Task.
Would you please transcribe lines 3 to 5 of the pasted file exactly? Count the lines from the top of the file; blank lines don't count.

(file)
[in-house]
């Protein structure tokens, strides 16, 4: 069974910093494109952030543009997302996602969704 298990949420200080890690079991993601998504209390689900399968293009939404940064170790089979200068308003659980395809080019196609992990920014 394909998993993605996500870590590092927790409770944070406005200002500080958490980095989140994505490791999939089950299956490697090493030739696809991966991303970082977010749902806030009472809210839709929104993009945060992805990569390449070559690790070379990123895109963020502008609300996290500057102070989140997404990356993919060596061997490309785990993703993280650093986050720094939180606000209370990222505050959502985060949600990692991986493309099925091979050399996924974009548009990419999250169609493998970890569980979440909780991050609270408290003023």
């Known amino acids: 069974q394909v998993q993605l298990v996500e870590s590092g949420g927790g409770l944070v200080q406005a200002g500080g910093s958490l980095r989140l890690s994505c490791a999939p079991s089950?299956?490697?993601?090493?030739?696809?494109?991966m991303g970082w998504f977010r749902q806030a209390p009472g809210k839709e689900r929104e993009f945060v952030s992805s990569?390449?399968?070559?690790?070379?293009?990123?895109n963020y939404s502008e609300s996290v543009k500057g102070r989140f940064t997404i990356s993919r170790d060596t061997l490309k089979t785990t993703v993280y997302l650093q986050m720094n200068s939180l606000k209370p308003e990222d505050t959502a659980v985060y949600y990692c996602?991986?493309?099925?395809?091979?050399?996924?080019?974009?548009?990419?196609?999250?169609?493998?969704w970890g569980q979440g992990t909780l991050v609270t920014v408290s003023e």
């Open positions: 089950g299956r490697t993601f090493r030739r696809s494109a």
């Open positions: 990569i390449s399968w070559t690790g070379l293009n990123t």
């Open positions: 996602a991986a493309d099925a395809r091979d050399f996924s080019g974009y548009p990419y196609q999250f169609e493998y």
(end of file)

């Known amino acids: 069974q394909v998993q993605l298990v996500e870590s590092g949420g927790g409770l944070v200080q406005a200002g500080g910093s958490l980095r989140l890690s994505c490791a999939p079991s089950?299956?490697?993601?090493?030739?696809?494109?991966m991303g970082w998504f977010r749902q806030a209390p009472g809210k839709e689900r929104e993009f945060v952030s992805s990569?390449?399968?070559?690790?070379?293009?990123?895109n963020y939404s502008e609300s996290v543009k500057g102070r989140f940064t997404i990356s993919r170790d060596t061997l490309k089979t785990t993703v993280y997302l650093q986050m720094n200068s939180l606000k209370p308003e990222d505050t959502a659980v985060y949600y990692c996602?991986?493309?099925?395809?091979?050399?996924?080019?974009?548009?990419?196609?999250?169609?493998?969704w970890g569980q979440g992990t909780l991050v609270t920014v408290s003023e």
């Open positions: 089950g299956r490697t993601f090493r030739r696809s494109a």
């Open positions: 990569i390449s399968w070559t690790g070379l293009n990123t």